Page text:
6. Papadopoulos T., Korte M., Eulenburg V., Kubota H., Retiounskaia M., Harvey R. J., Harvey K., O′Sullivan G. A., Laube B., Hülsmann S., Geiger J. R., Betz H. (2007) Impaired GABAergic transmission and altered hippocampal synaptic plasticity in collybistin-deficient mice. EMBO J. 26, 3888–3899 [PubMed]
7. Papadopoulos T., Soykan T. (2011) The role of collybistin in gephyrin clustering at inhibitory synapses. Facts and open questions. Front. Cell. Neurosci. 5, 11. [PMC free article] [PubMed]
8. Shimojima K., Sugawara M., Shichiji M., Mukaida S., Takayama R., Imai K., Yamamoto T. (2011) Loss-of-function mutation of collybistin is responsible for X-linked mental retardation associated with epilepsy. J. Hum. Genet. 56, 561–565 [PubMed]
9. Reddy-Alla S., Schmitt B., Birkenfeld J., Eulenburg V., Dutertre S., Böhringer C., Götz M., Betz H., Papadopoulos T. (2010) PH-domain-driven targeting of collybistin but not Cdc42 activation is required for synaptic gephyrin clustering. Eur. J. Neurosci. 31, 1173–1184 [PubMed]
10. Sola M., Bavro V. N., Timmins J., Franz T., Ricard-Blum S., Schoehn G., Ruigrok R. W., Paarmann I., Saiyed T., O′Sullivan G. A., Schmitt B., Betz H., Weissenhorn W. (2004) Structural basis of dynamic glycine receptor clustering by gephyrin. EMBO J. 23, 2510–2519 [PubMed]
11. Fritschy J. M., Harvey R. J., Schwarz G. (2008) Gephyrin. Where do we stand, where do we go? Trends Neurosci. 31, 257–264 [PubMed]
12. Betz H., Kuhse J., Schmieden V., Laube B., Kirsch J., Harvey R. J. (1999) Structure and functions of inhibitory and excitatory glycine receptors. Ann. N.Y. Acad. Sci. 868, 667–676 [PubMed]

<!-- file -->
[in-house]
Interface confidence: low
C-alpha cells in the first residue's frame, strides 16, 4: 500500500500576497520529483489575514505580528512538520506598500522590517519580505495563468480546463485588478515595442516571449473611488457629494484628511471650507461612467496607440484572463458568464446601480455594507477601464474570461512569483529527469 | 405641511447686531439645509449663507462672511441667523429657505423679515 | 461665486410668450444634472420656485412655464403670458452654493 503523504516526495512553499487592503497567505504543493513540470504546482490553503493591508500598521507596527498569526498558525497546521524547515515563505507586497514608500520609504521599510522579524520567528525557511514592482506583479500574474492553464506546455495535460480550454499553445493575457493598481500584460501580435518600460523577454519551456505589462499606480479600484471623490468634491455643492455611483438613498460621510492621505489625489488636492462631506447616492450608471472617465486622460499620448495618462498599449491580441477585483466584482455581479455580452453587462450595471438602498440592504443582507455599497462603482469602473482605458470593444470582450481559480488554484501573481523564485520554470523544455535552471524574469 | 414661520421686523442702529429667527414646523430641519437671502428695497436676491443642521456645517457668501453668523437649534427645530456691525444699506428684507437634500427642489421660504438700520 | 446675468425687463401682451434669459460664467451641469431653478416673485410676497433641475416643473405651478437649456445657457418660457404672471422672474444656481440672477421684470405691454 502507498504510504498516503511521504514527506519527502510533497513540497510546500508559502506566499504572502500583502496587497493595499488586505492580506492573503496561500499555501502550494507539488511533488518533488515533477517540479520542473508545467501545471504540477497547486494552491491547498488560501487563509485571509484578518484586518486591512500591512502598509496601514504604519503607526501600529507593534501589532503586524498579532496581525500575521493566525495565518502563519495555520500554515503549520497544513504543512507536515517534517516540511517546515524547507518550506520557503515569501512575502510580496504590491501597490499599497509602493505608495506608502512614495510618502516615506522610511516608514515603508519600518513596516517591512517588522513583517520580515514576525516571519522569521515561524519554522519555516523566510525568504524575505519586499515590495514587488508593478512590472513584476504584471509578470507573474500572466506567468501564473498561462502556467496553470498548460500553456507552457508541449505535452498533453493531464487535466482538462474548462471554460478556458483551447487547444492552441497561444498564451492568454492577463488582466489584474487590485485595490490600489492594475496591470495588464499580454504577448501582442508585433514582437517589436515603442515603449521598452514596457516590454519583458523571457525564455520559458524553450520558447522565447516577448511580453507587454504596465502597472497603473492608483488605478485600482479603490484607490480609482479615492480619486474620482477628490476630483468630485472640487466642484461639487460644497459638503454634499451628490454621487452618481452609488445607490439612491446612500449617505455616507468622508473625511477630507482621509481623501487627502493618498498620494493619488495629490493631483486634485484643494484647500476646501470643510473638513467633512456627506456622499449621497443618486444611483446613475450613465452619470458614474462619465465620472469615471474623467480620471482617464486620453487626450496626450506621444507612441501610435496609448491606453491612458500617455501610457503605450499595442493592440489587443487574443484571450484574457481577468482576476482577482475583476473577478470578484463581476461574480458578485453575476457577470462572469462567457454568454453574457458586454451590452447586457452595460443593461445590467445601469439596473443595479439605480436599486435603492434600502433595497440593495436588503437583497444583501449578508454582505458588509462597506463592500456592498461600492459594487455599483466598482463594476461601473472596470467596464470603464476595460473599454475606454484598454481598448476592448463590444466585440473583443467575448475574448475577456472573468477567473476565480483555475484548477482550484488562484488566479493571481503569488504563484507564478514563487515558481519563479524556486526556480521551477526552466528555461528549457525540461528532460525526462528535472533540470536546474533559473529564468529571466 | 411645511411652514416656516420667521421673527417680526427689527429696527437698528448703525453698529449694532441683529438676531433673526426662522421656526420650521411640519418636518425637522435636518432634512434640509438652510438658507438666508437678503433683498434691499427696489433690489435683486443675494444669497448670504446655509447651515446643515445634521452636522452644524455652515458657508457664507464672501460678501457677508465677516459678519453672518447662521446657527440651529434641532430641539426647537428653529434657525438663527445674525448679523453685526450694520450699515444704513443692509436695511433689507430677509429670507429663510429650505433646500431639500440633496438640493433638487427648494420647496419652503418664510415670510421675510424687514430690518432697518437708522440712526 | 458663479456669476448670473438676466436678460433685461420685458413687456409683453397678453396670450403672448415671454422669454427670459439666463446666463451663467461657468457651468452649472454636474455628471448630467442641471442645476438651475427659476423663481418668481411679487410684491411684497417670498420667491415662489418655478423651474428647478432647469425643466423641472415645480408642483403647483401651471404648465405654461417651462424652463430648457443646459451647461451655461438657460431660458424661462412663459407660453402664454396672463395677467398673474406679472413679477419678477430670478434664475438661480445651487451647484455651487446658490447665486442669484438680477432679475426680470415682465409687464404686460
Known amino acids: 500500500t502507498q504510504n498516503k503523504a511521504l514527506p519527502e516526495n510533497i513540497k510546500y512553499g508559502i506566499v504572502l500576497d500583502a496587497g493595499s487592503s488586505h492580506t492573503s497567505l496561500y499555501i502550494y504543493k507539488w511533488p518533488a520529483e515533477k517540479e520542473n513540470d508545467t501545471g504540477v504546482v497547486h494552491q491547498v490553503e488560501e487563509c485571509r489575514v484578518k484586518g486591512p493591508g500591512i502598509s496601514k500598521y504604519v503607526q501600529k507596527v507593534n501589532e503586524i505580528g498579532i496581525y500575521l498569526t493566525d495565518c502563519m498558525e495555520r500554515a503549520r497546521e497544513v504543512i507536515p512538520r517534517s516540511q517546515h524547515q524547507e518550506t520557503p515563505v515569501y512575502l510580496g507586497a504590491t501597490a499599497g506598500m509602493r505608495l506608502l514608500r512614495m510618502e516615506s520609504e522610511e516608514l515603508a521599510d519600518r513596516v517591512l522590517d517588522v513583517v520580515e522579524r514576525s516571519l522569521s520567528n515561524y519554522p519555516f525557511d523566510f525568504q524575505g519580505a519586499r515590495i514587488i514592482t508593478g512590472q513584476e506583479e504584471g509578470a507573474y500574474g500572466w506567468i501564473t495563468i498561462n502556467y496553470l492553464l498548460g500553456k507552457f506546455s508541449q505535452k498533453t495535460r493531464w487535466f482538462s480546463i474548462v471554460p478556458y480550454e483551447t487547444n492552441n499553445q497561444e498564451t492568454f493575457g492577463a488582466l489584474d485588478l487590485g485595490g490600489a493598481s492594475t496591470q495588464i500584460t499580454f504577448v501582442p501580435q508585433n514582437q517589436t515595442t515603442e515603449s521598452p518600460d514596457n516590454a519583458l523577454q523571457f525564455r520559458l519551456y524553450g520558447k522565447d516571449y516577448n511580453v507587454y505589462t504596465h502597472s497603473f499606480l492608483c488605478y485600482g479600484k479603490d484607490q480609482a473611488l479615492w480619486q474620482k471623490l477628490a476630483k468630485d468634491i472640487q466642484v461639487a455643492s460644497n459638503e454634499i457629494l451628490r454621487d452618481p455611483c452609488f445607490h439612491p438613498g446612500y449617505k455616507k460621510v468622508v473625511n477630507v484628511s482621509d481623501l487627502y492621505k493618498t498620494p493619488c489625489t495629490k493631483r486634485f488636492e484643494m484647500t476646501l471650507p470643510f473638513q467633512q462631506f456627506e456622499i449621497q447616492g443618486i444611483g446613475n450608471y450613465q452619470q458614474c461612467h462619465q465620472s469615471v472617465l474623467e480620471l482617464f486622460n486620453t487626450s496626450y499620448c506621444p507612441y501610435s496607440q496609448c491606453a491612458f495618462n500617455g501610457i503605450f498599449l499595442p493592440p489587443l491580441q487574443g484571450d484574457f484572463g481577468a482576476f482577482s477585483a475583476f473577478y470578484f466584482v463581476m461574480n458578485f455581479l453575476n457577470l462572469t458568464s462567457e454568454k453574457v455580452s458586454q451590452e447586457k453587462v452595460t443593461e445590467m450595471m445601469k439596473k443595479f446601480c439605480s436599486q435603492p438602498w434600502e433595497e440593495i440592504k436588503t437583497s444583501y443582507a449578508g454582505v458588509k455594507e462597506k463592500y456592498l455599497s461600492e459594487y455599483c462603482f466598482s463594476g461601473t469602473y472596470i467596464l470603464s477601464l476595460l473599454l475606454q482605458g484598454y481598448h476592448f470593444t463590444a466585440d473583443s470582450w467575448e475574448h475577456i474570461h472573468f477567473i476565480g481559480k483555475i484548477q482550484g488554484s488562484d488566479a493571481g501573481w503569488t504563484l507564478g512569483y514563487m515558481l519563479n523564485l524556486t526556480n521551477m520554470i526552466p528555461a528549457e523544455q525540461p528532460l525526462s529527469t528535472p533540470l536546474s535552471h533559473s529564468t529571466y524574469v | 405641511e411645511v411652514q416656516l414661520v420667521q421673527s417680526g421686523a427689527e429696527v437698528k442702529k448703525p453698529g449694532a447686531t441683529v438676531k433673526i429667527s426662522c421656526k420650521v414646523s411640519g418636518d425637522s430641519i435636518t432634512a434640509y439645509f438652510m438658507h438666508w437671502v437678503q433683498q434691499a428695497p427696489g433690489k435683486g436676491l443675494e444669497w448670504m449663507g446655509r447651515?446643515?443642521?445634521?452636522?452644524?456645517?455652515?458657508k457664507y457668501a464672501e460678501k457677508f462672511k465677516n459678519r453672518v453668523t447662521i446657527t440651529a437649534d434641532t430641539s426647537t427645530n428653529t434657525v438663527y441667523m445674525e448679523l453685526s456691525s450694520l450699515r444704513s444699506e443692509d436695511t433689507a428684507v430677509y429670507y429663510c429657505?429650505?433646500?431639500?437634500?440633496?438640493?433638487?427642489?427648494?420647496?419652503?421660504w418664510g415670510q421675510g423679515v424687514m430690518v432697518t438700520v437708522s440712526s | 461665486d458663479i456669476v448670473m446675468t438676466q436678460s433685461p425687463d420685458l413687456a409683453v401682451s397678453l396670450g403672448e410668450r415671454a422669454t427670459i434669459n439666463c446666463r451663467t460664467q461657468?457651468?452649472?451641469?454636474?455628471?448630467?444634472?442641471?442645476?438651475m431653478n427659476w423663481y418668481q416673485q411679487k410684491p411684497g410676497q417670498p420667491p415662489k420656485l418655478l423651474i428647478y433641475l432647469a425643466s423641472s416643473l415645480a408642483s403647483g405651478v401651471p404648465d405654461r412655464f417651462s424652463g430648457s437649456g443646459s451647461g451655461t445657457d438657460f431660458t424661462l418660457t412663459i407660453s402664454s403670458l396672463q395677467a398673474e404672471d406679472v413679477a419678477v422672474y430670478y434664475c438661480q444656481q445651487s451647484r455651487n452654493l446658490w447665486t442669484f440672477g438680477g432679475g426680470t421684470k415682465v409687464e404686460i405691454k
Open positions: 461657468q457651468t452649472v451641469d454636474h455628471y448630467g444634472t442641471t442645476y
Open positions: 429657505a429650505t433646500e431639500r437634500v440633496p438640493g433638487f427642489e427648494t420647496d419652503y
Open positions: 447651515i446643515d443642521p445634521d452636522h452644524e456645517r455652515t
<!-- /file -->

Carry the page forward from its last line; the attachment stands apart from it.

13. Luscher B., Fuchs T., Kilpatrick C. L. (2011) GABAA receptor trafficking-mediated plasticity of inhibitory synapses. Neuron 70, 385–409 [PMC free article] [PubMed]
14. Meyer G., Kirsch J., Betz H., Langosch D. (1995) Identification of a gephyrin binding motif on the glycine receptor beta subunit. Neuron 15, 563–572 [PubMed]
15. Kirsch J., Kuhse J., Betz H. (1995) Targeting of glycine receptor subunits to gephyrin-rich domains in transfected human embryonic kidney cells. Mol. Cell. Neurosci. 6, 450–461 [PubMed]
16. Bluem R., Schmidt E., Corvey C., Karas M., Schlicksupp A., Kirsch J., Kuhse J. (2007) Components of the translational machinery are associated with juvenile glycine receptors and are redistributed to the cytoskeleton upon aging and synaptic activity. J. Biol. Chem. 282, 37783–37793 [PubMed]
17. Schrader N., Kim E. Y., Winking J., Paulukat J., Schindelin H., Schwarz G. (2004) Biochemical characterization of the high affinity binding between the glycine receptor and gephyrin. J. Biol. Chem. 279, 18733–18741 [PubMed]
18. Kim E. Y., Schrader N., Smolinsky B., Bedet C., Vannier C., Schwarz G., Schindelin H. (2006) Deciphering the structural framework of glycine receptor anchoring by gephyrin. EMBO J. 25, 1385–1395 [PubMed]
19. Tretter V., Jacob T. C., Mukherjee J., Fritschy J. M., Pangalos M. N., Moss S. J. (2008) The clustering of GABA(A) receptor subtypes at inhibitory synapses is facilitated via the direct binding of receptor α2 subunits to gephyrin. J. Neurosci. 28, 1356–1365 [PubMed]
20. Saiepour L., Fuchs C., Patrizi A., Sassoè-Pognetto M., Harvey R. J., Harvey K. (2010) Complex role of collybistin and gephyrin in GABAA receptor clustering. J. Biol. Chem. 285, 29623–29631 [PMC free article] [PubMed]
21. Maric H. M., Mukherjee J., Tretter V., Moss S. J., Schindelin H. (2011) Gephyrin-mediated GABA(A) and glycine receptor clustering relies on a common binding site. J. Biol. Chem. 286, 42105–42114 [PMC free article] [PubMed]
22. Langosch D., Hoch W., Betz H. (1992) The 93 kDa protein gephyrin and tubulin associated with the inhibitory glycine receptor are phosphorylated by an endogenous protein kinase. FEBS Lett. 298, 113–117 [PubMed]